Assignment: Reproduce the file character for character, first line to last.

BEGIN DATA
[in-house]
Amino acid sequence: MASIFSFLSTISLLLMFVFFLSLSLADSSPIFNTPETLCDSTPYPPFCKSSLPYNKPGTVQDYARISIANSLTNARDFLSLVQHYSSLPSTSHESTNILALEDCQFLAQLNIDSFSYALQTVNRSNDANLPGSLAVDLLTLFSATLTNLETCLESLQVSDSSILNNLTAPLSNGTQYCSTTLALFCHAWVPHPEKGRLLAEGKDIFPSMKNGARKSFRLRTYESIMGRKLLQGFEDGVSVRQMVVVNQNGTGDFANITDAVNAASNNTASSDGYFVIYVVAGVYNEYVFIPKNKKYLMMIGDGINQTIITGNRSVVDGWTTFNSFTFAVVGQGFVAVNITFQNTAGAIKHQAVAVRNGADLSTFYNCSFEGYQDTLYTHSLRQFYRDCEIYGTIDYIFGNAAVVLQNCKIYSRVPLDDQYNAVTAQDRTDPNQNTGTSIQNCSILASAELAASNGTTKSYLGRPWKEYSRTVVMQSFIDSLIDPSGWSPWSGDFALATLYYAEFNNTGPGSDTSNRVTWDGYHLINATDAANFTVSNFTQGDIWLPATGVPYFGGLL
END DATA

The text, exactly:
[in-house]
Amino acid sequence: MASIFSFLSTISLLLMFVFFLSLSLADSSPIFNTPETLCDSTPYPPFCKSSLPYNKPGTVQDYARISIANSLTNARDFLSLVQHYSSLPSTSHESTNILALEDCQFLAQLNIDSFSYALQTVNRSNDANLPGSLAVDLLTLFSATLTNLETCLESLQVSDSSILNNLTAPLSNGTQYCSTTLALFCHAWVPHPEKGRLLAEGKDIFPSMKNGARKSFRLRTYESIMGRKLLQGFEDGVSVRQMVVVNQNGTGDFANITDAVNAASNNTASSDGYFVIYVVAGVYNEYVFIPKNKKYLMMIGDGINQTIITGNRSVVDGWTTFNSFTFAVVGQGFVAVNITFQNTAGAIKHQAVAVRNGADLSTFYNCSFEGYQDTLYTHSLRQFYRDCEIYGTIDYIFGNAAVVLQNCKIYSRVPLDDQYNAVTAQDRTDPNQNTGTSIQNCSILASAELAASNGTTKSYLGRPWKEYSRTVVMQSFIDSLIDPSGWSPWSGDFALATLYYAEFNNTGPGSDTSNRVTWDGYHLINATDAANFTVSNFTQGDIWLPATGVPYFGGLL